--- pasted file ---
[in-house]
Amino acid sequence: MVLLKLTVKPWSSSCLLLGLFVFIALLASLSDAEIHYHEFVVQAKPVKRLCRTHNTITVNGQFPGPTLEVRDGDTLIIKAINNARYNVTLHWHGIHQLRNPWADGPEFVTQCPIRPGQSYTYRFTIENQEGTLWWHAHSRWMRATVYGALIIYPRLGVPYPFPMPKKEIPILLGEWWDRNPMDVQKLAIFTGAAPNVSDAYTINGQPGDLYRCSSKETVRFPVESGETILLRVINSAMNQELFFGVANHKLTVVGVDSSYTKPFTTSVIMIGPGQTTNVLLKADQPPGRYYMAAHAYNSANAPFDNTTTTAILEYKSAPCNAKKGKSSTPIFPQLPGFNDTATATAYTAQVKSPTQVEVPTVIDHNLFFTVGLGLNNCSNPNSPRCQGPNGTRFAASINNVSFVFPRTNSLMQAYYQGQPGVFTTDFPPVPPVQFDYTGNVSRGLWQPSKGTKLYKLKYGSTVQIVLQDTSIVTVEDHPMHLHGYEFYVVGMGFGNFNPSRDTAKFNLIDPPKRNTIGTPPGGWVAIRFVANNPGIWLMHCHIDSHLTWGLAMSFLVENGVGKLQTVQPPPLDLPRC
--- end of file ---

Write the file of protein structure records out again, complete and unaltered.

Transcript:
[in-house]
Amino acid sequence: MVLLKLTVKPWSSSCLLLGLFVFIALLASLSDAEIHYHEFVVQAKPVKRLCRTHNTITVNGQFPGPTLEVRDGDTLIIKAINNARYNVTLHWHGIHQLRNPWADGPEFVTQCPIRPGQSYTYRFTIENQEGTLWWHAHSRWMRATVYGALIIYPRLGVPYPFPMPKKEIPILLGEWWDRNPMDVQKLAIFTGAAPNVSDAYTINGQPGDLYRCSSKETVRFPVESGETILLRVINSAMNQELFFGVANHKLTVVGVDSSYTKPFTTSVIMIGPGQTTNVLLKADQPPGRYYMAAHAYNSANAPFDNTTTTAILEYKSAPCNAKKGKSSTPIFPQLPGFNDTATATAYTAQVKSPTQVEVPTVIDHNLFFTVGLGLNNCSNPNSPRCQGPNGTRFAASINNVSFVFPRTNSLMQAYYQGQPGVFTTDFPPVPPVQFDYTGNVSRGLWQPSKGTKLYKLKYGSTVQIVLQDTSIVTVEDHPMHLHGYEFYVVGMGFGNFNPSRDTAKFNLIDPPKRNTIGTPPGGWVAIRFVANNPGIWLMHCHIDSHLTWGLAMSFLVENGVGKLQTVQPPPLDLPRC